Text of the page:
history-of-slavery

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Sgt. Thomas McVicar of the Jersey City Police Department shot 22 year old Kwadir Felton, leaving him blind, after Kwadir pulled a gun on him, he claims. Kwadir Felton denied the accusation, stating that he doesn’t even carry guns.

“I don’t understand!” Felton yelled at a police officer before his mother was removed from the courtroom. “You didn’t have to shoot me in the head for no reason! You trying to charge me with something I didn’t do!”

i want u to look at this Black man’s face in his response to the verdict. that is the pain of all Black people who are enslaved by this corrupt racist system.

That is the face of more than 500 years of racist and capitalist oppression against Black people. the face of all Black people who have been shut out from this unjust system and either imprisoned, tortured, killed, or all three.

that is the face Trayvon would have had if he were here to see that Zimmerman was found not guilty. shit, if Trayvon were alive HE’d be the one charged guilty.

Sign the Change.org petition and get this story out there.

So, I just wrote that big thing on ‘progressive’ white America’s modern view of the chattel slavery of African Americans, and I have deiced, on behalf of all white people, we need to stop lying to each other. Teachers, tour guides, even just random people, when they get asked “Was Master X nice to his slaves” or “But most slaves were treated well, right?” Need to uniformly answer “No.”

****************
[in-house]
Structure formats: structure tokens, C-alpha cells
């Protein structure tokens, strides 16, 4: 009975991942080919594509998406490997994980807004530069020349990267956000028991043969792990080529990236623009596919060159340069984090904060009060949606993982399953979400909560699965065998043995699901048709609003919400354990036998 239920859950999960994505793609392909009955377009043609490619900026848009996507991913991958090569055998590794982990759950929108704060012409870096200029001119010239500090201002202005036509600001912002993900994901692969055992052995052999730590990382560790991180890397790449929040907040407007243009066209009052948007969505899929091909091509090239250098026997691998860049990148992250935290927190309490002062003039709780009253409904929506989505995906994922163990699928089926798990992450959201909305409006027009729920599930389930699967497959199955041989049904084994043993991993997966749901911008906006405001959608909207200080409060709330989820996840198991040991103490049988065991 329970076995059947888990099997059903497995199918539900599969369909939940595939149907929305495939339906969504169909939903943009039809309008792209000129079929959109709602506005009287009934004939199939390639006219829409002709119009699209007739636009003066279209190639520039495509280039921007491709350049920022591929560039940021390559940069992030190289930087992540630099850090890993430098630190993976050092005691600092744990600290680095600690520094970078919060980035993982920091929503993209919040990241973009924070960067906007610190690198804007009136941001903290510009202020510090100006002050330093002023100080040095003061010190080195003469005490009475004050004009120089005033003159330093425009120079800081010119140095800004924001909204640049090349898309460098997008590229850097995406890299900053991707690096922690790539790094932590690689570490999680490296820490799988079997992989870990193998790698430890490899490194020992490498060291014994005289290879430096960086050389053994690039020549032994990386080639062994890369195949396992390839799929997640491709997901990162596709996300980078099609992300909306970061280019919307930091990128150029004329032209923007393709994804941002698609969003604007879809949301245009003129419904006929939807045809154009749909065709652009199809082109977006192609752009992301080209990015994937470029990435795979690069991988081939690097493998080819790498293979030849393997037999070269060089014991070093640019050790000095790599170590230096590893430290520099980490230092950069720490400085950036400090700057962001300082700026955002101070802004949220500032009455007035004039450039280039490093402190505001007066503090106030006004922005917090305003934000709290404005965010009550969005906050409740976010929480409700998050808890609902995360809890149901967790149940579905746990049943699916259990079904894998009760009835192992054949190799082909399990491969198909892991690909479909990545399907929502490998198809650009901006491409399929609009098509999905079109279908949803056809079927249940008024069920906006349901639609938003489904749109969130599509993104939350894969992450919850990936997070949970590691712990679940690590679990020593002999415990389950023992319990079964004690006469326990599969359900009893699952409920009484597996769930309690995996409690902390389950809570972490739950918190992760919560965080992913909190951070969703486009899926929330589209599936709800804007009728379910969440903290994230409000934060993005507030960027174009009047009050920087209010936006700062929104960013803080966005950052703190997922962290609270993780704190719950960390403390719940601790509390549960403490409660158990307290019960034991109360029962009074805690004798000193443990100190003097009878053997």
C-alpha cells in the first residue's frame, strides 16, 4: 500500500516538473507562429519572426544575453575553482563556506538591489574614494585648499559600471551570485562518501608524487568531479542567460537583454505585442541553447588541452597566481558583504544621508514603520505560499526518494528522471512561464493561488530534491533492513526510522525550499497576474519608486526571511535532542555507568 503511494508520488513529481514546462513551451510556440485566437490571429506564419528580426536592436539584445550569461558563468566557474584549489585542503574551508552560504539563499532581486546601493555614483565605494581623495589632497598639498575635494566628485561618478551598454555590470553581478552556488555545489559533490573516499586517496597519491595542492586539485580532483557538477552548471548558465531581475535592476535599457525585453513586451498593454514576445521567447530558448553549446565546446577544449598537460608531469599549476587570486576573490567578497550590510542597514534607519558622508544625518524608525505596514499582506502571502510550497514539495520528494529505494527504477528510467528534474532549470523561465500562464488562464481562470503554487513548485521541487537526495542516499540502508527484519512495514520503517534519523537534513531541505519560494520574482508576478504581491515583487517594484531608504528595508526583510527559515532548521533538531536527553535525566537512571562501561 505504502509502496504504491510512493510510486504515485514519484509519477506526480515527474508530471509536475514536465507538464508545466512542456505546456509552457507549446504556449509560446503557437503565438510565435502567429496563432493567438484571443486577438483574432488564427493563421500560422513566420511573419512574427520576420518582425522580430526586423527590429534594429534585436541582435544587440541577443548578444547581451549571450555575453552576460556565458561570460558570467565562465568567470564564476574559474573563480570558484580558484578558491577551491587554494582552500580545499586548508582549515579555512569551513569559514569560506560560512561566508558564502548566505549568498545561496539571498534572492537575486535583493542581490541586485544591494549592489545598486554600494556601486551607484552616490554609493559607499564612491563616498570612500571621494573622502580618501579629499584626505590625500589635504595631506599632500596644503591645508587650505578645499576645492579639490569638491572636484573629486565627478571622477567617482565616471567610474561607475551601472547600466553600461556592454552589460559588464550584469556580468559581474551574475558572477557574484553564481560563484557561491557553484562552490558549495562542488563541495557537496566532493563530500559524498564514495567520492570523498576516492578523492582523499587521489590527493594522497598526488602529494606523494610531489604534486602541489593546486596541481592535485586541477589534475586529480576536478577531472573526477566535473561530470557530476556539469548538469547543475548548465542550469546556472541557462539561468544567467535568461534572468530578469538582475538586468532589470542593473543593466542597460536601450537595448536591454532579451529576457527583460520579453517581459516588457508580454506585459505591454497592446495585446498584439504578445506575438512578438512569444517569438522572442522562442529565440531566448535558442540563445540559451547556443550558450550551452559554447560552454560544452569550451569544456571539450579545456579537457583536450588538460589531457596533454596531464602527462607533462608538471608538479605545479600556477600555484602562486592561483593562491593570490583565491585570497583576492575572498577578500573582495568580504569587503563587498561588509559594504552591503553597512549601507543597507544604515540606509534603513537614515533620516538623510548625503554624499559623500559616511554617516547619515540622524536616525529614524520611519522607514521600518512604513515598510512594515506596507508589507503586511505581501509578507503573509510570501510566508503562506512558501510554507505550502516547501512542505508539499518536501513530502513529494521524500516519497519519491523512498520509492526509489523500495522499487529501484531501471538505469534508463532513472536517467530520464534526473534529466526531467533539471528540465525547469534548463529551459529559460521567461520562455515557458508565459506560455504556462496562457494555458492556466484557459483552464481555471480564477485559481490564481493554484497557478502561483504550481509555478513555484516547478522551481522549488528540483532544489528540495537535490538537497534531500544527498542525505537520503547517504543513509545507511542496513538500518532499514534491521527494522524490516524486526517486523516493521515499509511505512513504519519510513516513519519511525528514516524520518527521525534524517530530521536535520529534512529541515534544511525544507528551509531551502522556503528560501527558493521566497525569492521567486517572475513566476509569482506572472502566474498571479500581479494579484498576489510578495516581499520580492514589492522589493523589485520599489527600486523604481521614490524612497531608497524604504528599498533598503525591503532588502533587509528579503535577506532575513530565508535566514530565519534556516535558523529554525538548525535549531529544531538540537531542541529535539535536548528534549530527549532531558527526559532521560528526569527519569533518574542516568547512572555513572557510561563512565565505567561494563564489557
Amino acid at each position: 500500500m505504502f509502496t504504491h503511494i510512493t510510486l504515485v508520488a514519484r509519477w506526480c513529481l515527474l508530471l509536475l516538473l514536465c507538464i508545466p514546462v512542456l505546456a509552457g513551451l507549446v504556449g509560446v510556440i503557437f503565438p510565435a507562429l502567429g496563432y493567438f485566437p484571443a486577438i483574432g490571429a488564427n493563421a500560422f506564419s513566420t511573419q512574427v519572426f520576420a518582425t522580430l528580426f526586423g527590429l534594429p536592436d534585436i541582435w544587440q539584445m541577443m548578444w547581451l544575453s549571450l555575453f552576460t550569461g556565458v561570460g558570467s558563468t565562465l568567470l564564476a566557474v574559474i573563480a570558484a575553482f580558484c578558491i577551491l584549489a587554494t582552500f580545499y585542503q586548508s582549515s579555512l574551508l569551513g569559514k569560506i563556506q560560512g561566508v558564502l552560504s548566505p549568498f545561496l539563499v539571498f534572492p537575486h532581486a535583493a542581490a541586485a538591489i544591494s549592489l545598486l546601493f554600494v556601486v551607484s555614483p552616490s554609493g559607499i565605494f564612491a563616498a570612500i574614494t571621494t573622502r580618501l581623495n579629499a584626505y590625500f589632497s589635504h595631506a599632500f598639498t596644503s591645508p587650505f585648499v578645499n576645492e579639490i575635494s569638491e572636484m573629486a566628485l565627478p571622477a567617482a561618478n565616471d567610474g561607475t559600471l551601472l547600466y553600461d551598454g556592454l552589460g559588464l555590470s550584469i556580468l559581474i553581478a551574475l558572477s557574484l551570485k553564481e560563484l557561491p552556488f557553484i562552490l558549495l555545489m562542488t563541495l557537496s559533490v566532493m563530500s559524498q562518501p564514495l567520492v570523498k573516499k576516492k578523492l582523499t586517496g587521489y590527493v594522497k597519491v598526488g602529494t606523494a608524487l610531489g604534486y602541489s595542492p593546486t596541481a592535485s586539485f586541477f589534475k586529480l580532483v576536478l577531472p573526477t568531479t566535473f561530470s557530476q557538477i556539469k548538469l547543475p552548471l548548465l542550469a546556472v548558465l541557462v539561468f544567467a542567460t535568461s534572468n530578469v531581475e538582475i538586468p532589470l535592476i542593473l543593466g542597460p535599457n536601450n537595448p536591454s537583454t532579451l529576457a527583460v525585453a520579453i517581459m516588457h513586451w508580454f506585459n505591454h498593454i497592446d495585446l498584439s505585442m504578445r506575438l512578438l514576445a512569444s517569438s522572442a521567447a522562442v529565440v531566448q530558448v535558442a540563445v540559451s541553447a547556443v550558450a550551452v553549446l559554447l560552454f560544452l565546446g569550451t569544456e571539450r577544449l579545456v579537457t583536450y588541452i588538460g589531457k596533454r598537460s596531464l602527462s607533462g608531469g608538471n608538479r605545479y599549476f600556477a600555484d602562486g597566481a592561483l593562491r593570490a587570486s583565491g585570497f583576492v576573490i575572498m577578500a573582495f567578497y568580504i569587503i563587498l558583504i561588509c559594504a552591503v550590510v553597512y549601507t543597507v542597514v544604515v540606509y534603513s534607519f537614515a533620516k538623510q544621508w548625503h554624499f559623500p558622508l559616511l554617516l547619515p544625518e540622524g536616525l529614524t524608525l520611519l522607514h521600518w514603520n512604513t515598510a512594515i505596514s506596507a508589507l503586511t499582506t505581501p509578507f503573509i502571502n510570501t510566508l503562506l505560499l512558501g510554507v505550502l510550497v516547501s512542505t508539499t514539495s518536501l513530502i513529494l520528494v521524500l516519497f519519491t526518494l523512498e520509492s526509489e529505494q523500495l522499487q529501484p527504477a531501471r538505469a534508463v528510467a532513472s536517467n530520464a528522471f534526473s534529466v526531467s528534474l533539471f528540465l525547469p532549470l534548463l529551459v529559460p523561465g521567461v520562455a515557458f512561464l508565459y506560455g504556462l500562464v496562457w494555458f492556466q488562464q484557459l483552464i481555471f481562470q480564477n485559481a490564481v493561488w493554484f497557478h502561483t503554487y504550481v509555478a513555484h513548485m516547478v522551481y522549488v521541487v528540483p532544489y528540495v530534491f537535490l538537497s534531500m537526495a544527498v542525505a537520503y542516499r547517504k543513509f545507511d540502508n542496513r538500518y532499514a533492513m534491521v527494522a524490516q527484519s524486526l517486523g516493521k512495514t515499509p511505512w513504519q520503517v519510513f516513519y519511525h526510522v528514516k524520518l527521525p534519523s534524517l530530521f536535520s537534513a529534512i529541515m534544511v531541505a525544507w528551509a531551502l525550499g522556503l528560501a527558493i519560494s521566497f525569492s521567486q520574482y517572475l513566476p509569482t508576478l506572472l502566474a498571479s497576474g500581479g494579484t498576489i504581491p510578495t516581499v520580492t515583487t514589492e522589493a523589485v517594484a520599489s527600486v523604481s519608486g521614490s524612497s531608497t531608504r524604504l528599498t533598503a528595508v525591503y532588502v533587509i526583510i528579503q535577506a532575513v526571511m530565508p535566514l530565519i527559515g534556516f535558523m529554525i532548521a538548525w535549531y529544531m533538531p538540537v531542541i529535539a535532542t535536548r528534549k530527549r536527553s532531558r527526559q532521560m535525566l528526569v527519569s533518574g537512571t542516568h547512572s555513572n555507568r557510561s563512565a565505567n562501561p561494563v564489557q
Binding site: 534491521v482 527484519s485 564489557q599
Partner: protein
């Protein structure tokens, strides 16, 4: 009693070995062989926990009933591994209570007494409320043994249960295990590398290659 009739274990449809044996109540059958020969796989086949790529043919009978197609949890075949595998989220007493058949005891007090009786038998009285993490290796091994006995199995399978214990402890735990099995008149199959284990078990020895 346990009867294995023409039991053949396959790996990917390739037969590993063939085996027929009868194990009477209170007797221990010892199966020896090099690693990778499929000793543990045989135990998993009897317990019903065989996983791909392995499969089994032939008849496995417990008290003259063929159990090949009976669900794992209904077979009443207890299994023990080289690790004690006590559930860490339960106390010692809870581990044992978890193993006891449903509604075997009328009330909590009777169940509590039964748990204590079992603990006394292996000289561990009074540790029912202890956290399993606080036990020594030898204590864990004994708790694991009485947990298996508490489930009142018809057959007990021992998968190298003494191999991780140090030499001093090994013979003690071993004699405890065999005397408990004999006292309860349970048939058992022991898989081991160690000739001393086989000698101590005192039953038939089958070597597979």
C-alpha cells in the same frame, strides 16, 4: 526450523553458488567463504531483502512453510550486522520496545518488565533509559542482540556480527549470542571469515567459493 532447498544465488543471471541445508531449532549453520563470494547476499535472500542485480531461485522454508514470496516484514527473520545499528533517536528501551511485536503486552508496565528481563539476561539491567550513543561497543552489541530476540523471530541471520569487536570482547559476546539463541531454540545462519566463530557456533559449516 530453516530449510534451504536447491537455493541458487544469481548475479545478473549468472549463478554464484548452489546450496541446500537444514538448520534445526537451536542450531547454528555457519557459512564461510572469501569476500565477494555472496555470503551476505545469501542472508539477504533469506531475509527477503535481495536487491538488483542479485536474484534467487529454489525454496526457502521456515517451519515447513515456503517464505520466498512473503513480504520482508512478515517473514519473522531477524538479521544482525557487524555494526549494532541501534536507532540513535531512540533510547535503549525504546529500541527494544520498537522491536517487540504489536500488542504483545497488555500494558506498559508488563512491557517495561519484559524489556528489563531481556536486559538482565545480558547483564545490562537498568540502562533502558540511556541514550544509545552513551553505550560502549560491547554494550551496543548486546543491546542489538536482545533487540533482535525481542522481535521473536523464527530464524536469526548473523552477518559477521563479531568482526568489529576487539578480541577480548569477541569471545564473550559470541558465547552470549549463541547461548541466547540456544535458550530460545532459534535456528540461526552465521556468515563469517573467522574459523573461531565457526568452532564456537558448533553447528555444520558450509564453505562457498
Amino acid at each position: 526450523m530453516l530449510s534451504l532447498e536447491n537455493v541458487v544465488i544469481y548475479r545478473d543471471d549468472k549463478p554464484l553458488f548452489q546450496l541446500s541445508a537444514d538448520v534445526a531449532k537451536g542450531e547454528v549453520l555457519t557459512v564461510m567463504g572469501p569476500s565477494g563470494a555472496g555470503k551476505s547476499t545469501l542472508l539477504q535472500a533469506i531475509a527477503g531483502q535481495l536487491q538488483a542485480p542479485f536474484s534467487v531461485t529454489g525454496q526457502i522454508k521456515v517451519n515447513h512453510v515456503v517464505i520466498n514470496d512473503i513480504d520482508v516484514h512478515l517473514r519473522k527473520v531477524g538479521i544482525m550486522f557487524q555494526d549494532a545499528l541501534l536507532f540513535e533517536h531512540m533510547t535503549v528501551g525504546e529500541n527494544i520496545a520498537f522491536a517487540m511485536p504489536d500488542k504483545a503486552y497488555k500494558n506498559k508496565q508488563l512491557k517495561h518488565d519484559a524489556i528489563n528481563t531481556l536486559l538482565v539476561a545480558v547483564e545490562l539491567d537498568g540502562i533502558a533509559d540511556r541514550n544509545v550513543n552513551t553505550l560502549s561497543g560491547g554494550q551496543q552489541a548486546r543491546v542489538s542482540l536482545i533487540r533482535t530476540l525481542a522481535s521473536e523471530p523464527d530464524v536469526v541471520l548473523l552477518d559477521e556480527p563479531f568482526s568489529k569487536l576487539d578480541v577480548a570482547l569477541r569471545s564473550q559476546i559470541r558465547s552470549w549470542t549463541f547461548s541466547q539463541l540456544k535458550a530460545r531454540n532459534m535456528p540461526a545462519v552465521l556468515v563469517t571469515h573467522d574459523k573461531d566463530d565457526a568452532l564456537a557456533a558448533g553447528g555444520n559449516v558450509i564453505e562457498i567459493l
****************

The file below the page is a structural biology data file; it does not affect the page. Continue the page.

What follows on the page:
No owner ever treated a slave well. Not George Washington, Not Thomas Jefferson, not your potential ancestors, not the nice family you heard about on vacation last year. To own another human being is to not treat them well.

We have to stop lying to kids (and each other) and saying that there is a humane way to strip another human being of there right to self, to take a person and create a marketable commodity . 

White Americans still benefit from the legacy of slavery, and Black American’s still suffer from it. We need to stop teaching it as an ancient quirk that left few scars because everyone was more or less happy. 

It wasn’t symbiotic, it was parasitic, and we need to stop saying otherwise. 

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“The first chapter opens up with Michael Brown and Ferguson,” says the textbook’s co-author, Macalester College Professor Duchess Harris. “And then we backtrack to do a historical overview of interactions that African Americans have had with police encounters, historically. Then we return to Trayvon Martin and go all the way up to Baltimore.”

This is what we did. We fought for our voices to be heard and this is what we got, I am so proud. #Love it!

Beyoncé’s “Love Drought” Video, Slavery and the Story of Igbo Landing

[image description: Beyoncé in the music video for “Love Drought” marching into the water followed by a procession of black women]